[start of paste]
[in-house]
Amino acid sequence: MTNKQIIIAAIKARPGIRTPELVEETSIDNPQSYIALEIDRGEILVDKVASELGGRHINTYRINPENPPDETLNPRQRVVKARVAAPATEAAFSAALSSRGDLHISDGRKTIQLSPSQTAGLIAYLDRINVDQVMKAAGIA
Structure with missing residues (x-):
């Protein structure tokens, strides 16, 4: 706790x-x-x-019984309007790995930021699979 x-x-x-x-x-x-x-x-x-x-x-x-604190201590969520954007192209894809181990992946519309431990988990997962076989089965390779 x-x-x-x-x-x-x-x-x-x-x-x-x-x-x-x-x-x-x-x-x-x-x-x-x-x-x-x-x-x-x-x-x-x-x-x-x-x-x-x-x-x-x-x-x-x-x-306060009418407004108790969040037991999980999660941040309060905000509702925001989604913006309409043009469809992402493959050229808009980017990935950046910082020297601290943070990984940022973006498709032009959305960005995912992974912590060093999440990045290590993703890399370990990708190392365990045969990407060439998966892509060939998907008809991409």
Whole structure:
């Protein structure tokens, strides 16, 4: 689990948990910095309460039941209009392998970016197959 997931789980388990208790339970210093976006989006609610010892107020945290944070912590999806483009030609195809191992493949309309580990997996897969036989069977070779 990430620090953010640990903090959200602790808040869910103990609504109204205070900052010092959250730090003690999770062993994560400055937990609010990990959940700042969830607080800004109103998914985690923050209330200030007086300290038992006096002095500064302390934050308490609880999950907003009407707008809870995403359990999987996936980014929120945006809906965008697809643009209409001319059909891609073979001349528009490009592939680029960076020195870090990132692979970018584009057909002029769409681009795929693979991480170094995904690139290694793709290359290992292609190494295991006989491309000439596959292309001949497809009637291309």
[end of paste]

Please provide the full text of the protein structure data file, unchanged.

[in-house]
Amino acid sequence: MTNKQIIIAAIKARPGIRTPELVEETSIDNPQSYIALEIDRGEILVDKVASELGGRHINTYRINPENPPDETLNPRQRVVKARVAAPATEAAFSAALSSRGDLHISDGRKTIQLSPSQTAGLIAYLDRINVDQVMKAAGIA
Structure with missing residues (x-):
């Protein structure tokens, strides 16, 4: 706790x-x-x-019984309007790995930021699979 x-x-x-x-x-x-x-x-x-x-x-x-604190201590969520954007192209894809181990992946519309431990988990997962076989089965390779 x-x-x-x-x-x-x-x-x-x-x-x-x-x-x-x-x-x-x-x-x-x-x-x-x-x-x-x-x-x-x-x-x-x-x-x-x-x-x-x-x-x-x-x-x-x-x-306060009418407004108790969040037991999980999660941040309060905000509702925001989604913006309409043009469809992402493959050229808009980017990935950046910082020297601290943070990984940022973006498709032009959305960005995912992974912590060093999440990045290590993703890399370990990708190392365990045969990407060439998966892509060939998907008809991409």
Whole structure:
């Protein structure tokens, strides 16, 4: 689990948990910095309460039941209009392998970016197959 997931789980388990208790339970210093976006989006609610010892107020945290944070912590999806483009030609195809191992493949309309580990997996897969036989069977070779 990430620090953010640990903090959200602790808040869910103990609504109204205070900052010092959250730090003690999770062993994560400055937990609010990990959940700042969830607080800004109103998914985690923050209330200030007086300290038992006096002095500064302390934050308490609880999950907003009407707008809870995403359990999987996936980014929120945006809906965008697809643009209409001319059909891609073979001349528009490009592939680029960076020195870090990132692979970018584009057909002029769409681009795929693979991480170094995904690139290694793709290359290992292609190494295991006989491309000439596959292309001949497809009637291309």